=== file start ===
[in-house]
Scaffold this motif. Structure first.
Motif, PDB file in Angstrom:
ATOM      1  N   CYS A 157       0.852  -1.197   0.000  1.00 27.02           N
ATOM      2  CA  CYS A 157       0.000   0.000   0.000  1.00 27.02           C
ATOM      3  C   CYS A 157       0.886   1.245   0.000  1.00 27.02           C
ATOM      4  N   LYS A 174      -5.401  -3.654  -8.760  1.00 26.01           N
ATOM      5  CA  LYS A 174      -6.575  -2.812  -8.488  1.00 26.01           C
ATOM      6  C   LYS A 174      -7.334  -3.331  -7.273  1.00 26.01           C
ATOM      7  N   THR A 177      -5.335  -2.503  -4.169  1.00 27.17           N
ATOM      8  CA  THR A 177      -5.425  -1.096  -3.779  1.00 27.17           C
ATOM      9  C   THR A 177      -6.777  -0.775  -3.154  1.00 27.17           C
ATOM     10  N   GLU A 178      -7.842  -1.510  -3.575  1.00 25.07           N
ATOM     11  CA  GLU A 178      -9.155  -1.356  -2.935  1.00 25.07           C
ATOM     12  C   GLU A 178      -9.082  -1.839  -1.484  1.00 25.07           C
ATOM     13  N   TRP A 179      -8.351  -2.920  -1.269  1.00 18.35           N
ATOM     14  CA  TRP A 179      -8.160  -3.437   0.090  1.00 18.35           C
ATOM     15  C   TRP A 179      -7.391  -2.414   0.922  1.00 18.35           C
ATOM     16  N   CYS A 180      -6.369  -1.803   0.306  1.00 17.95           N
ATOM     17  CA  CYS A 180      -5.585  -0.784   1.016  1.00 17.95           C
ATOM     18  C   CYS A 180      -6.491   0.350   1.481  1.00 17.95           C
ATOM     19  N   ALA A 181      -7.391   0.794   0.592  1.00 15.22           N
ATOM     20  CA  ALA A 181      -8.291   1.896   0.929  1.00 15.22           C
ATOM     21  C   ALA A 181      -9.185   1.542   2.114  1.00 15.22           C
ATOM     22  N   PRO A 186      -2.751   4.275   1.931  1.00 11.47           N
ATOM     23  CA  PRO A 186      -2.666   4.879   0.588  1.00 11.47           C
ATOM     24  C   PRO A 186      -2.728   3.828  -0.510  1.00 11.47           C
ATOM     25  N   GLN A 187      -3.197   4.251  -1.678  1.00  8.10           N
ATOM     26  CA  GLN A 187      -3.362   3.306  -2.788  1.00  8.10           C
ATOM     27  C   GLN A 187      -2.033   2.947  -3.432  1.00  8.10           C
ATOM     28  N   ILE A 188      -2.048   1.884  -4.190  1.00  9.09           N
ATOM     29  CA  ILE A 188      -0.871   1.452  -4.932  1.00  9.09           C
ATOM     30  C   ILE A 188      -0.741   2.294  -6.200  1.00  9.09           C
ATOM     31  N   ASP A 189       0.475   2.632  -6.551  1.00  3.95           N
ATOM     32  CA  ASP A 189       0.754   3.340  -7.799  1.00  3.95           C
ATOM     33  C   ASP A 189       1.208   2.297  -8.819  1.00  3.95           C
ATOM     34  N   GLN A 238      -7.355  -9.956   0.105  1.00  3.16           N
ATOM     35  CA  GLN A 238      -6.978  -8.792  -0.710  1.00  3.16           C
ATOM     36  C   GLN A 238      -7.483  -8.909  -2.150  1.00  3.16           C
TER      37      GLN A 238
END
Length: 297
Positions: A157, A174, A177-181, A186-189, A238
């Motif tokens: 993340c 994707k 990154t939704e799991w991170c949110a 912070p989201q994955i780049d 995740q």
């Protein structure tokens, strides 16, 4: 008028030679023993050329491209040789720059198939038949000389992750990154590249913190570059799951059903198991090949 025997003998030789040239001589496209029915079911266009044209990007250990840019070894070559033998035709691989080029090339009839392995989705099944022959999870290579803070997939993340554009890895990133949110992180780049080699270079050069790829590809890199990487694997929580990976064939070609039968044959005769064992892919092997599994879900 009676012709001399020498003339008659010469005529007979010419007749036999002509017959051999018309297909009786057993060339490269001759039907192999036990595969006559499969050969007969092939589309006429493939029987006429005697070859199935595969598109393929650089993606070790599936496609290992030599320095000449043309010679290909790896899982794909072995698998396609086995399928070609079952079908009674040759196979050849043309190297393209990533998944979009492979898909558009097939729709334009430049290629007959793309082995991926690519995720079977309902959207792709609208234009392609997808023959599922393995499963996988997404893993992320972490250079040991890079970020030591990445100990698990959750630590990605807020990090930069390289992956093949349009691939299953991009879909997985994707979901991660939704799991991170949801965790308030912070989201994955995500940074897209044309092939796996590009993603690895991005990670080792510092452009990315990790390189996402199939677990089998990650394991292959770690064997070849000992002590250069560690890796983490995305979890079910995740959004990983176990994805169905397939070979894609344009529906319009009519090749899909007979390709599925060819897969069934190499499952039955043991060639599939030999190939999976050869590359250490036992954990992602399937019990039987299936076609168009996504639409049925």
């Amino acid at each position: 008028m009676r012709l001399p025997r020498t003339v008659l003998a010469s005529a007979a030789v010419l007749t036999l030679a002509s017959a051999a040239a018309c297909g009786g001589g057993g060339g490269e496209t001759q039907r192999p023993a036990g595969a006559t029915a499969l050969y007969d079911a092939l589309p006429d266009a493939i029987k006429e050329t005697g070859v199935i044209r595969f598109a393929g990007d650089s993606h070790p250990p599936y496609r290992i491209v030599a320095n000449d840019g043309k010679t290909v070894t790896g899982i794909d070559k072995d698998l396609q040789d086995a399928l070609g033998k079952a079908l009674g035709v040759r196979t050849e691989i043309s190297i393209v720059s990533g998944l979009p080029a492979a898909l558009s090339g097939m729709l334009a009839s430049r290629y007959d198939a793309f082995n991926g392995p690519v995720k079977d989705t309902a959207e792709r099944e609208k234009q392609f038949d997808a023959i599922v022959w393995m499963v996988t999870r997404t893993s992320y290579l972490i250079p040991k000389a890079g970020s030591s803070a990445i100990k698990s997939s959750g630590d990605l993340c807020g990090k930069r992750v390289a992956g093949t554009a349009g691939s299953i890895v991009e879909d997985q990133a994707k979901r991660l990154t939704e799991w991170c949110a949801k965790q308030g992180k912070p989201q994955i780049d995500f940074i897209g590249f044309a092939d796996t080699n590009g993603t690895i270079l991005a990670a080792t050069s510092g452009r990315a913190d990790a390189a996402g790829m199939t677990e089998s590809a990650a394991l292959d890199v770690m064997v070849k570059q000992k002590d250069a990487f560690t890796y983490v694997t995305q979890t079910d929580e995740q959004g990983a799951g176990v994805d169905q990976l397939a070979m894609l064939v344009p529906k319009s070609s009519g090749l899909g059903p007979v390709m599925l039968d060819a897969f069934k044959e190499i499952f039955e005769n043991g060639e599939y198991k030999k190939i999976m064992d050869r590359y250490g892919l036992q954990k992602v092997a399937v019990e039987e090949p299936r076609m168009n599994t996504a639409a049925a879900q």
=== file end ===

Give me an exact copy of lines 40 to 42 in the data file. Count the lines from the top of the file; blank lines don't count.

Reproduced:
TER      37      GLN A 238
END
Length: 297